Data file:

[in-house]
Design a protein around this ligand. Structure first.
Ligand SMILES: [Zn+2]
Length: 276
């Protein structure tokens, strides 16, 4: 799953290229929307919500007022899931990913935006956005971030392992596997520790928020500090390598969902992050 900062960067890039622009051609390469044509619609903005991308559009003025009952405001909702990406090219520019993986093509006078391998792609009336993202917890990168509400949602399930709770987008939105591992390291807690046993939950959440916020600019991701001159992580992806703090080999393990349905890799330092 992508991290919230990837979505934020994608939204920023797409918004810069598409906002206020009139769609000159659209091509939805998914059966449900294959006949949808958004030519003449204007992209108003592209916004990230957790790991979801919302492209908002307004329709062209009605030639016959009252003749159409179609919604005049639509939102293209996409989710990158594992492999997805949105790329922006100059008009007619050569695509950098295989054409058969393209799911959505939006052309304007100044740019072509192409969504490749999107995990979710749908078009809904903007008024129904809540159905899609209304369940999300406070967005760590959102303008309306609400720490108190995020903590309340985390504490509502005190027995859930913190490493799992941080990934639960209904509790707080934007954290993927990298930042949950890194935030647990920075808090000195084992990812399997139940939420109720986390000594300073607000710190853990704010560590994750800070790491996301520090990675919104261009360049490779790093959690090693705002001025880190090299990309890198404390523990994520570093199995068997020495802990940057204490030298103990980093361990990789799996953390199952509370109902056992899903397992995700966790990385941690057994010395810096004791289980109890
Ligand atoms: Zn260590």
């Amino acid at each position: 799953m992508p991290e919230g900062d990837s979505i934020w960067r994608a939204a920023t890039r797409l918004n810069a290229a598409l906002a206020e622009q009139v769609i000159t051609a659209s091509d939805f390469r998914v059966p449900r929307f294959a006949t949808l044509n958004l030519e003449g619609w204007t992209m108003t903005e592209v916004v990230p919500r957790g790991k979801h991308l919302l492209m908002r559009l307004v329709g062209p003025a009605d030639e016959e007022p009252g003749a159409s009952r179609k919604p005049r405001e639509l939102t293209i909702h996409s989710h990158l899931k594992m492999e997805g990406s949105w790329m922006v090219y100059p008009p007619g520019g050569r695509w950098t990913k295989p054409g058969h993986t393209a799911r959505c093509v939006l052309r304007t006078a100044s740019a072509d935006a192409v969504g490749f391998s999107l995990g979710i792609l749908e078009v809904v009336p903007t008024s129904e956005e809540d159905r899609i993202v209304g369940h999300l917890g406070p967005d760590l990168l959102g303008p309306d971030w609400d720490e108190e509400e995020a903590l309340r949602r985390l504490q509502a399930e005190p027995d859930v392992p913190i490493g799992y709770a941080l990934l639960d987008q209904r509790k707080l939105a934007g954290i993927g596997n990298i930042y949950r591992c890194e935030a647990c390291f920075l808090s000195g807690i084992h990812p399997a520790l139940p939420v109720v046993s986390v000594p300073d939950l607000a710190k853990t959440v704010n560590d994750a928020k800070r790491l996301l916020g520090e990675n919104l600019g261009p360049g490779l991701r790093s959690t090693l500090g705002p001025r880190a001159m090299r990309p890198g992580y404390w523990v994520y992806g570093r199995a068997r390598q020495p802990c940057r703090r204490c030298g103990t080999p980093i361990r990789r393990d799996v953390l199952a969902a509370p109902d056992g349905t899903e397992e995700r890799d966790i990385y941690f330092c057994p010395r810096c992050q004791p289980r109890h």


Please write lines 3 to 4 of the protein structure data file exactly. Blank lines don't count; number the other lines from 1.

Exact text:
Ligand SMILES: [Zn+2]
Length: 276